The American Society for Clinical Investigation (ASCI) has selected Jay Horton, a professor of Internal Medicine and Molecular Genetics at University of Texas (UT) Southwestern Medical Center, to serve as Councilor of the prestigious society, and also invited three physician-scientists from the same institution to join the organization’s list of members.
Horton, who is the Chief of Digestive and Liver Diseases and holder of The Dr. Robert C. and Veronica Atkins Chair in Obesity & Diabetes Research, was elected due to his accomplishments in the development of cholesterol-lowering drugs, known as PCSK9 inhibitors. The investigator, who was already a member since 2003, will now begin attending the ASCI’s Council meeting and will help elect new members for the society.
“It is an honor to serve on the ASCI Council, as I hope we can play a critical role in developing innovative ways to train and keep talented physician-scientists engaged in research,” stated Horton in a press release. “In my view, the primary mission of the ASCI should be to provide guidance, opportunities, and role models who exhibit the rigor and standards of excellence in science necessary to inspire and sustain the development of the physician-scientist.”
In addition, the ASCI inducted three other UT Southwestern faculty members among the 75 new members of the Society. James de Lemos, a Professor and Associate Director of the Cardiovascular Fellowship Program at UT Southwestern and Cardiology Service Chief at Parkland Memorial Hospital, was selected for his work in the management of cardiac conditions, as well as research. He is also the Medical Director for the Dallas Heart Study and holder of the Sweetheart Ball-Kern Wildenthal, M.D., Ph.D., Distinguished Chair in Cardiology at UT Southwestern.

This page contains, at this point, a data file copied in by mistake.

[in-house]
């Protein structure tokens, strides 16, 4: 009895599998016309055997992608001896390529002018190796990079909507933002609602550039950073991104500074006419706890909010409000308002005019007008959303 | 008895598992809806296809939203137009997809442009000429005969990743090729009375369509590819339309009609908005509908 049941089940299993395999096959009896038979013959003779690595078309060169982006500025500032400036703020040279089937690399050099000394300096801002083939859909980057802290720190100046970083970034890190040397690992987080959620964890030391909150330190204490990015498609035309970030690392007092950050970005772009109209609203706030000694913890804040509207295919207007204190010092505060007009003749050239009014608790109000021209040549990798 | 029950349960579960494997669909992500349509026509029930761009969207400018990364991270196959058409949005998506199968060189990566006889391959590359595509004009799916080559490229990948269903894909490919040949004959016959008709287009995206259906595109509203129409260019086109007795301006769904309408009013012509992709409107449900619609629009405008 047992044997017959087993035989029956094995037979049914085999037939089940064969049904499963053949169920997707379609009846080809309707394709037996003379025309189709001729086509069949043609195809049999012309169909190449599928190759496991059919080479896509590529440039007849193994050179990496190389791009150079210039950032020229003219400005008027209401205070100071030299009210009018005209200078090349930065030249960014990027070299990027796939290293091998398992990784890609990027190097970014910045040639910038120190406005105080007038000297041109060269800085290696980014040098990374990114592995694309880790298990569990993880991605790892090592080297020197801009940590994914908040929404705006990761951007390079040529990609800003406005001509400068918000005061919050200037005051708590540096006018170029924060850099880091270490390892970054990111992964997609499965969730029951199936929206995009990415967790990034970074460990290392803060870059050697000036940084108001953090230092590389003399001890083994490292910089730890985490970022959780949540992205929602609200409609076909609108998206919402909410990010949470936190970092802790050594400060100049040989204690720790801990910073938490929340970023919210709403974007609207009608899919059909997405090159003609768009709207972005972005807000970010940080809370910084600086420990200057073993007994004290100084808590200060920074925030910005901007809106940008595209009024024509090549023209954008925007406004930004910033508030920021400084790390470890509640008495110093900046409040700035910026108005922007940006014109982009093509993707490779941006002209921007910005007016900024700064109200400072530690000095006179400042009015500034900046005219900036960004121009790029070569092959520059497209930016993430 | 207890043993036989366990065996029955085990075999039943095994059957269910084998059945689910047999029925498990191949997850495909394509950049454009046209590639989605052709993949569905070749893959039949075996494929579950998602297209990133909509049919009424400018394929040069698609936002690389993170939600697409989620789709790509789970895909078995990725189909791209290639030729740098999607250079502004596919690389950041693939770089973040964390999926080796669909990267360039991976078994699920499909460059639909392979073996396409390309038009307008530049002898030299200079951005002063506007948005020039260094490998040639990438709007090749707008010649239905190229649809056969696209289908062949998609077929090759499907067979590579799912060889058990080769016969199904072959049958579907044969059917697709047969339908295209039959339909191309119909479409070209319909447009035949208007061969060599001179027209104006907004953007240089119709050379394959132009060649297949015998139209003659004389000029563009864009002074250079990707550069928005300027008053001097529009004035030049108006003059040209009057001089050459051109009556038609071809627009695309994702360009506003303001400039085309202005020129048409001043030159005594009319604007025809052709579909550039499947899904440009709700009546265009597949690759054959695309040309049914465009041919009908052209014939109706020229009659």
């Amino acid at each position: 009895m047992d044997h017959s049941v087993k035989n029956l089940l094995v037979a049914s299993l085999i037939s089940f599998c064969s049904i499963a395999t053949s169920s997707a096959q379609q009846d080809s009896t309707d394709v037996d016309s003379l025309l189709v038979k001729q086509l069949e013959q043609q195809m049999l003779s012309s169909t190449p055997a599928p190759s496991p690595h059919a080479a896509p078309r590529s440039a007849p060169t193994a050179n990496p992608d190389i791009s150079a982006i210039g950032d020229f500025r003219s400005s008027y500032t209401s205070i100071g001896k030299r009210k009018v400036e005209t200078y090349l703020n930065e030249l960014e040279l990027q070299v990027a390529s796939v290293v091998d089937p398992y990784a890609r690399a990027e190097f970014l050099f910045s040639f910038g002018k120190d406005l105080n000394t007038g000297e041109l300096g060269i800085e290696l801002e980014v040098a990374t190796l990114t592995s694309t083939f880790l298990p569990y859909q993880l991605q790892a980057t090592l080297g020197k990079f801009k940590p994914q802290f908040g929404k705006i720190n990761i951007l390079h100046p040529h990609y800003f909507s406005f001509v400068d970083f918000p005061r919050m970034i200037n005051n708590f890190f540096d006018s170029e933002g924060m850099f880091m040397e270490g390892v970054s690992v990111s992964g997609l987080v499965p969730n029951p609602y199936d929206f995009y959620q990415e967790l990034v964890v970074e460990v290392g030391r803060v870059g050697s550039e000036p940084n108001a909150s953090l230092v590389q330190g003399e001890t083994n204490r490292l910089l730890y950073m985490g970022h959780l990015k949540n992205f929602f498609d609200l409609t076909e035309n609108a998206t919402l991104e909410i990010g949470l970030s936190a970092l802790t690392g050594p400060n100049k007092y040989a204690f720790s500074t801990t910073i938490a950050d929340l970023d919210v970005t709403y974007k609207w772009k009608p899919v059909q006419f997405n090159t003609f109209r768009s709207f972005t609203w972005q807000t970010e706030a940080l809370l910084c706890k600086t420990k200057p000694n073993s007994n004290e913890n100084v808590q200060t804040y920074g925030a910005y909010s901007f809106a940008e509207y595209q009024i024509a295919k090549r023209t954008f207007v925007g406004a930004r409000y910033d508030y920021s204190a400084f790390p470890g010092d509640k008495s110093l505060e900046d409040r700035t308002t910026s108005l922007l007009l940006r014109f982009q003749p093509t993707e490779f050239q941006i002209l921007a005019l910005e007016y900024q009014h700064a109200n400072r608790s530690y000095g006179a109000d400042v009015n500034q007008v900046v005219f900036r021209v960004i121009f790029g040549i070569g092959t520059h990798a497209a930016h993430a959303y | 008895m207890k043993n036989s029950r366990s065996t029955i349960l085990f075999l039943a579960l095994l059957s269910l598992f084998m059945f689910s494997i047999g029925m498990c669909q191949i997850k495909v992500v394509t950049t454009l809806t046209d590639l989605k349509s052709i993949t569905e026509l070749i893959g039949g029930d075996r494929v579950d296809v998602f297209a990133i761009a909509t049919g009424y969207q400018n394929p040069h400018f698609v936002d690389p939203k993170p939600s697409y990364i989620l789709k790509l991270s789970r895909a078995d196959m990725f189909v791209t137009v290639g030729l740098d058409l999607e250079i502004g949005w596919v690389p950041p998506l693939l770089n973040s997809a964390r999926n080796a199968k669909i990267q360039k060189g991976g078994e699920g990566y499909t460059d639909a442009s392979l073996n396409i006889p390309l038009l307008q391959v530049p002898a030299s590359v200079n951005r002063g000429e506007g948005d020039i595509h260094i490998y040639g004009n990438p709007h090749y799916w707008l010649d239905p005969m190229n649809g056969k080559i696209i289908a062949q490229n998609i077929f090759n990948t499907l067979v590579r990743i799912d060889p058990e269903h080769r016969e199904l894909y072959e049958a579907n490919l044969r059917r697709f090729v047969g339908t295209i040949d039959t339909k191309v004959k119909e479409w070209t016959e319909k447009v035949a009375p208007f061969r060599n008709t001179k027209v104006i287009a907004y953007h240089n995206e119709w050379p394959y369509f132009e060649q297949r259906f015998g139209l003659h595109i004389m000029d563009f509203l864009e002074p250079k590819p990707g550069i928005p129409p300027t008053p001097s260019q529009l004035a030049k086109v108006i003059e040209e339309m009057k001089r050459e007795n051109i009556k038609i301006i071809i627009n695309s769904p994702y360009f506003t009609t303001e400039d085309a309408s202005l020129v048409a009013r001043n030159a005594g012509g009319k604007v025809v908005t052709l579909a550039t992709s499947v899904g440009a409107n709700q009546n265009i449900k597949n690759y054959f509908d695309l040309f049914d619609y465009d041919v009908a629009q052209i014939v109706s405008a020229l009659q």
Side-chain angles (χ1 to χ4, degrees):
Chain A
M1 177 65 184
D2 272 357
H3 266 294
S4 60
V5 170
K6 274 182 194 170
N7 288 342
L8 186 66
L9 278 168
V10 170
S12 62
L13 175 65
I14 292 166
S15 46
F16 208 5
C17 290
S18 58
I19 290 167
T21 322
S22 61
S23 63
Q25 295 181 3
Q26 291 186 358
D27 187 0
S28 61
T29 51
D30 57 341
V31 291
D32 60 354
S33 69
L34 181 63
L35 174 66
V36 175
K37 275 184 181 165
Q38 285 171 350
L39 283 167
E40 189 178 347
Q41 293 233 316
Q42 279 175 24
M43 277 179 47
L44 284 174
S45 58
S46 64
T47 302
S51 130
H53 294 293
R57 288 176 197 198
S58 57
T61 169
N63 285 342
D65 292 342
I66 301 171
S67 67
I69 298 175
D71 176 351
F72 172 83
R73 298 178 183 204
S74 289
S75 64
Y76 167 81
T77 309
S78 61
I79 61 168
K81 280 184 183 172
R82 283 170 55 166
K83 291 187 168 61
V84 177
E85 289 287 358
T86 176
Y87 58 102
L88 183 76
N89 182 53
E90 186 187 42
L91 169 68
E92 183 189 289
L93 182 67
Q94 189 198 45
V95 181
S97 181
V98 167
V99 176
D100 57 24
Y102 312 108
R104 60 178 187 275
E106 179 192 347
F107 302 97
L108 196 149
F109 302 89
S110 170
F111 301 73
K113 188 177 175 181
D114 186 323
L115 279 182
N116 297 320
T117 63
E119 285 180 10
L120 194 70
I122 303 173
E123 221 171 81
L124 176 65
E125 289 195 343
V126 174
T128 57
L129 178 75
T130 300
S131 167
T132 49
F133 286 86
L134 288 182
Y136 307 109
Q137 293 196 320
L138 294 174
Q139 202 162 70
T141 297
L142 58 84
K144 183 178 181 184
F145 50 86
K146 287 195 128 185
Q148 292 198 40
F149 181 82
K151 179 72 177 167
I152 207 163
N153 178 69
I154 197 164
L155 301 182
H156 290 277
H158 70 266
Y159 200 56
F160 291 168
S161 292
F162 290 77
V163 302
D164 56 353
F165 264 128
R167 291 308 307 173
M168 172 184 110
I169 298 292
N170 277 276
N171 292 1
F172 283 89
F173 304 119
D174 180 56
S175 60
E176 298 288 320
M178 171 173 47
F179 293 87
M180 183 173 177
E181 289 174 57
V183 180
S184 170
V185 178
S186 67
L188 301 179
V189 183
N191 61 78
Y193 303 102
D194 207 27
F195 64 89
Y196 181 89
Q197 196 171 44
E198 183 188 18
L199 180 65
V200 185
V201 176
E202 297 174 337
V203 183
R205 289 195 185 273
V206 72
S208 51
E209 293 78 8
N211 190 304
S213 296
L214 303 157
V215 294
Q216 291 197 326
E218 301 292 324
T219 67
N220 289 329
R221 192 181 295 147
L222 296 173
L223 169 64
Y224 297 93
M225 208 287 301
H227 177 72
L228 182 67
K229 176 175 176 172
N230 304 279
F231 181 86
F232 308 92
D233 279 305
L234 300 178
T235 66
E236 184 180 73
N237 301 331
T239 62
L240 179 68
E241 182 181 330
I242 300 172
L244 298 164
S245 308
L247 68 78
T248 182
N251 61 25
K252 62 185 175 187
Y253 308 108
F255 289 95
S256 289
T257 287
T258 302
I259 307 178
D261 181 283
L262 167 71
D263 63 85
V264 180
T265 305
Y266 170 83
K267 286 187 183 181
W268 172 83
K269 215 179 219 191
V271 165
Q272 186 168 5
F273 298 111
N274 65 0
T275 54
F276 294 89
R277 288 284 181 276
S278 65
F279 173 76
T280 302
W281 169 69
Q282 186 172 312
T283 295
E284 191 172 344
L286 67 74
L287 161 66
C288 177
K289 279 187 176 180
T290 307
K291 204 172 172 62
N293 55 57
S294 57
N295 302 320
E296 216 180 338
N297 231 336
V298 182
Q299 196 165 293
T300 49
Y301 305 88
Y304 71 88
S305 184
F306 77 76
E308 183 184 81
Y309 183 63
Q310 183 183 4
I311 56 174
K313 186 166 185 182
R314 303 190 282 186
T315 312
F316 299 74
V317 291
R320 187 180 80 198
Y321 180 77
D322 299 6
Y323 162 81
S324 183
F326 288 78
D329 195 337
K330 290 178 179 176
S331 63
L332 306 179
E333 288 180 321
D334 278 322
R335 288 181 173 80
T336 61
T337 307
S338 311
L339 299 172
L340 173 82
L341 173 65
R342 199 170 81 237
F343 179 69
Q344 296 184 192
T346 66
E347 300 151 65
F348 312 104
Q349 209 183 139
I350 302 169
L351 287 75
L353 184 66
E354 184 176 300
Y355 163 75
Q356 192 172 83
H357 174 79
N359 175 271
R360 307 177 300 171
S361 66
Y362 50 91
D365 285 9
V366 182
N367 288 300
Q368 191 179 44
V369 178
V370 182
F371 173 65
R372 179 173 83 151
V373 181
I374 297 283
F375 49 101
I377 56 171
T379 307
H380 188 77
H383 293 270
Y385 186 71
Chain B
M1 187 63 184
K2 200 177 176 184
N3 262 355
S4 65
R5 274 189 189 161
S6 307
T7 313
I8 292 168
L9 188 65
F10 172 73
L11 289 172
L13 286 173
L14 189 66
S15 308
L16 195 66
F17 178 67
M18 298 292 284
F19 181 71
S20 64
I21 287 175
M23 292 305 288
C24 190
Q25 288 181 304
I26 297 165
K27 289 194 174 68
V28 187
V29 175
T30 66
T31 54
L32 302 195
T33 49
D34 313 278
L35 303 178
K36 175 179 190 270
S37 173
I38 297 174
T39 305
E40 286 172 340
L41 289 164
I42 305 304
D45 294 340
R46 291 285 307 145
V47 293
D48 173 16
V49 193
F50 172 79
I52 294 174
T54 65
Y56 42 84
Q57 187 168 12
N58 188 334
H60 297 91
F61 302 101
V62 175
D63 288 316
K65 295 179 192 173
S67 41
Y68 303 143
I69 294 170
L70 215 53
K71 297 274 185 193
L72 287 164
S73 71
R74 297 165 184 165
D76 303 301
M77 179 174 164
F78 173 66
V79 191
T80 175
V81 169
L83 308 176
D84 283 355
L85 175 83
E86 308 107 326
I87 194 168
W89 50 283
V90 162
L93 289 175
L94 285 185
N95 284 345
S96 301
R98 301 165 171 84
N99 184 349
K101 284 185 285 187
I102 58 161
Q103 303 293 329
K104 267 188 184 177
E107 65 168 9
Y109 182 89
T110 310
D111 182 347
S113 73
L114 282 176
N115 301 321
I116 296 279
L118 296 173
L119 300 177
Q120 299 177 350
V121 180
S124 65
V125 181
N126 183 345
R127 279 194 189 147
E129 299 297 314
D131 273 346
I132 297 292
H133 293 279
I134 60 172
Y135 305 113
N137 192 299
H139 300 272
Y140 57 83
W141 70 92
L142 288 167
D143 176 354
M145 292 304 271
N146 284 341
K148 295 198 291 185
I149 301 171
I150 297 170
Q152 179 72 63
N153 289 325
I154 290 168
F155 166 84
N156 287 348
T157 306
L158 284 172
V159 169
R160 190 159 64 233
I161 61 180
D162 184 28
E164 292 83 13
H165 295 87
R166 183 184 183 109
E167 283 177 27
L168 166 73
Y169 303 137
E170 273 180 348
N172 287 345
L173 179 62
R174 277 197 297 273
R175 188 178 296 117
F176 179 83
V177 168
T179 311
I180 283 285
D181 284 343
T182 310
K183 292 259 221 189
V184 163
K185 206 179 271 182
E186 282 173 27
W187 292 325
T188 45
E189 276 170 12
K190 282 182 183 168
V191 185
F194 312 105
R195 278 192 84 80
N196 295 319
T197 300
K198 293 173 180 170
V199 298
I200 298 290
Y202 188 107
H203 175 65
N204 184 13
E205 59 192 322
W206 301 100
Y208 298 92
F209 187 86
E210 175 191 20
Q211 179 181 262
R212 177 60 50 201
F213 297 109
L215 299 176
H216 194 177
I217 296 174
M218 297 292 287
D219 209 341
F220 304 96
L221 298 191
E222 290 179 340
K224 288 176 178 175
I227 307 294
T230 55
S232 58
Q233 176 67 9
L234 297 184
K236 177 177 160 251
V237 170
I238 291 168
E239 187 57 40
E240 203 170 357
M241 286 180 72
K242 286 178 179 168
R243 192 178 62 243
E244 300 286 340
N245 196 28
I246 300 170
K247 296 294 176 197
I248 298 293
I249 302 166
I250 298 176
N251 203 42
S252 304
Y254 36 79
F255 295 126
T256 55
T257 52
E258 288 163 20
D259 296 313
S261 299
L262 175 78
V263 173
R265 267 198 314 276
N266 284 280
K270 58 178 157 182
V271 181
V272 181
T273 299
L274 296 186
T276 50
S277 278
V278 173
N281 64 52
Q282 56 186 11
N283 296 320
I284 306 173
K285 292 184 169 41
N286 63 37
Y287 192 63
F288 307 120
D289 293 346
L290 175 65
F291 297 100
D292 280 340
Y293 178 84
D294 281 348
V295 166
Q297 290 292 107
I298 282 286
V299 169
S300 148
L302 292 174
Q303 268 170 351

The Assistant Professor of Dermatology and co-leader of the adult Comprehensive Neurofibromatosis Clinic at UT Southwestern, Lu Q. Le was also invited to become an ASCI member. His research is focused on cancer biology and early genetic and microenvironmental interaction that impacts the development of tumors, discovering the original cells for several types of nerve tumors, such as neurofibromas, advancing investigation towards a potential treatment for Neurofibromatosis type 1.
The third UT Southwestern academic to join the ASCI was the Assistant Professor of Internal Medicine, Heshman A. Sadek, who works in the field of heart tissue regeneration. His research has already resulted in the discovery of regeneration abilities of neonatal mammalian hearts, increasing the knowledge on the regeneration potential of adult hearts. The awarded scientist was also invited to address keynotes at the induction ceremony.
“We are delighted to see our physician-scientists recognized for their achievements with election to the ASCI. They, and the other members of our faculty who have been similarly honored in the past, embody an institutional commitment to integrate science and medicine to advance health care,” added the president of UT Southwestern, Daniel K. Podolsky, who is also a member of ASCI, holder of the Philip O’Bryan Montgomery, Jr., M.D. Distinguished Presidential Chair in Academic Administration, and the Doris and Bryan Wildenthal Distinguished Chair in Medical Science.